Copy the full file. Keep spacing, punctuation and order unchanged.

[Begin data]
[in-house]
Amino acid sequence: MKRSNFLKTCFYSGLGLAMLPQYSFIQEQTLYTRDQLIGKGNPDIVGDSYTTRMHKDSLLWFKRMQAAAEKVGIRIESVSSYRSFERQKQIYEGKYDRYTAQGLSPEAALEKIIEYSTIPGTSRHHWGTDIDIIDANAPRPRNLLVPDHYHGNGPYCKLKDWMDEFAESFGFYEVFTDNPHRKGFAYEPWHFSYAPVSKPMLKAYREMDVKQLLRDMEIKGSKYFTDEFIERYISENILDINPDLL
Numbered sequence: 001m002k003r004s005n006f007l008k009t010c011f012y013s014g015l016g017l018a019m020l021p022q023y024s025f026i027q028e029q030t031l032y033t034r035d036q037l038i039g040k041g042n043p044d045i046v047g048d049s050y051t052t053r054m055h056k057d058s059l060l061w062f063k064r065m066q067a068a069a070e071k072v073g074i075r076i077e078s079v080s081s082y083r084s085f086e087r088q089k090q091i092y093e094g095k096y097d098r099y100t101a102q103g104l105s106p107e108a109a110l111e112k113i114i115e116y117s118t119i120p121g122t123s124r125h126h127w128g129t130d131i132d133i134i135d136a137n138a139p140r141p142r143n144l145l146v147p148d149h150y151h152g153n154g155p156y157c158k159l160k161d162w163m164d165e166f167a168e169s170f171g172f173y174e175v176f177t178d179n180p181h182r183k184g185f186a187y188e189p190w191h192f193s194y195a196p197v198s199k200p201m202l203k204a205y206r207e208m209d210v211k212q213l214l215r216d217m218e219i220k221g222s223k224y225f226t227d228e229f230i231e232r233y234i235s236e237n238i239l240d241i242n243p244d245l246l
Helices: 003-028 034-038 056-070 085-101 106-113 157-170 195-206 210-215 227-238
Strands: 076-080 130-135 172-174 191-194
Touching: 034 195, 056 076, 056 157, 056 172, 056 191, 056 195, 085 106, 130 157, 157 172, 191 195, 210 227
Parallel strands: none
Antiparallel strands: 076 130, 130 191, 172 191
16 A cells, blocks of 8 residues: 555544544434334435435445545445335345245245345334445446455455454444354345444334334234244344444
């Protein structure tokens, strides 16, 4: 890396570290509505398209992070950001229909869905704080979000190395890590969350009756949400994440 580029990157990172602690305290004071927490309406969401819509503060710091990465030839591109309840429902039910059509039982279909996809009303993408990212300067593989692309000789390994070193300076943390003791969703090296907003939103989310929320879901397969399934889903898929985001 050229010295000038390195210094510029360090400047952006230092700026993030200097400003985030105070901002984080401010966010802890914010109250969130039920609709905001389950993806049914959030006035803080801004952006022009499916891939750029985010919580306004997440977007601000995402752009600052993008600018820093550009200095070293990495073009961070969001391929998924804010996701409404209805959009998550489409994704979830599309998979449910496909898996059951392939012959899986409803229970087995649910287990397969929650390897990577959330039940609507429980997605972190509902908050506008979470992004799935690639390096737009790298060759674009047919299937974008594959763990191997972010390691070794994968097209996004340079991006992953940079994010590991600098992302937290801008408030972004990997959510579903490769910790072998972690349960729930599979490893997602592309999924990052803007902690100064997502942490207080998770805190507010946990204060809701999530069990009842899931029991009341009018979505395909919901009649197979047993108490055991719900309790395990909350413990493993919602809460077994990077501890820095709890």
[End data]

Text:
[in-house]
Amino acid sequence: MKRSNFLKTCFYSGLGLAMLPQYSFIQEQTLYTRDQLIGKGNPDIVGDSYTTRMHKDSLLWFKRMQAAAEKVGIRIESVSSYRSFERQKQIYEGKYDRYTAQGLSPEAALEKIIEYSTIPGTSRHHWGTDIDIIDANAPRPRNLLVPDHYHGNGPYCKLKDWMDEFAESFGFYEVFTDNPHRKGFAYEPWHFSYAPVSKPMLKAYREMDVKQLLRDMEIKGSKYFTDEFIERYISENILDINPDLL
Numbered sequence: 001m002k003r004s005n006f007l008k009t010c011f012y013s014g015l016g017l018a019m020l021p022q023y024s025f026i027q028e029q030t031l032y033t034r035d036q037l038i039g040k041g042n043p044d045i046v047g048d049s050y051t052t053r054m055h056k057d058s059l060l061w062f063k064r065m066q067a068a069a070e071k072v073g074i075r076i077e078s079v080s081s082y083r084s085f086e087r088q089k090q091i092y093e094g095k096y097d098r099y100t101a102q103g104l105s106p107e108a109a110l111e112k113i114i115e116y117s118t119i120p121g122t123s124r125h126h127w128g129t130d131i132d133i134i135d136a137n138a139p140r141p142r143n144l145l146v147p148d149h150y151h152g153n154g155p156y157c158k159l160k161d162w163m164d165e166f167a168e169s170f171g172f173y174e175v176f177t178d179n180p181h182r183k184g185f186a187y188e189p190w191h192f193s194y195a196p197v198s199k200p201m202l203k204a205y206r207e208m209d210v211k212q213l214l215r216d217m218e219i220k221g222s223k224y225f226t227d228e229f230i231e232r233y234i235s236e237n238i239l240d241i242n243p244d245l246l
Helices: 003-028 034-038 056-070 085-101 106-113 157-170 195-206 210-215 227-238
Strands: 076-080 130-135 172-174 191-194
Touching: 034 195, 056 076, 056 157, 056 172, 056 191, 056 195, 085 106, 130 157, 157 172, 191 195, 210 227
Parallel strands: none
Antiparallel strands: 076 130, 130 191, 172 191
16 A cells, blocks of 8 residues: 555544544434334435435445545445335345245245345334445446455455454444354345444334334234244344444
């Protein structure tokens, strides 16, 4: 890396570290509505398209992070950001229909869905704080979000190395890590969350009756949400994440 580029990157990172602690305290004071927490309406969401819509503060710091990465030839591109309840429902039910059509039982279909996809009303993408990212300067593989692309000789390994070193300076943390003791969703090296907003939103989310929320879901397969399934889903898929985001 050229010295000038390195210094510029360090400047952006230092700026993030200097400003985030105070901002984080401010966010802890914010109250969130039920609709905001389950993806049914959030006035803080801004952006022009499916891939750029985010919580306004997440977007601000995402752009600052993008600018820093550009200095070293990495073009961070969001391929998924804010996701409404209805959009998550489409994704979830599309998979449910496909898996059951392939012959899986409803229970087995649910287990397969929650390897990577959330039940609507429980997605972190509902908050506008979470992004799935690639390096737009790298060759674009047919299937974008594959763990191997972010390691070794994968097209996004340079991006992953940079994010590991600098992302937290801008408030972004990997959510579903490769910790072998972690349960729930599979490893997602592309999924990052803007902690100064997502942490207080998770805190507010946990204060809701999530069990009842899931029991009341009018979505395909919901009649197979047993108490055991719900309790395990909350413990493993919602809460077994990077501890820095709890």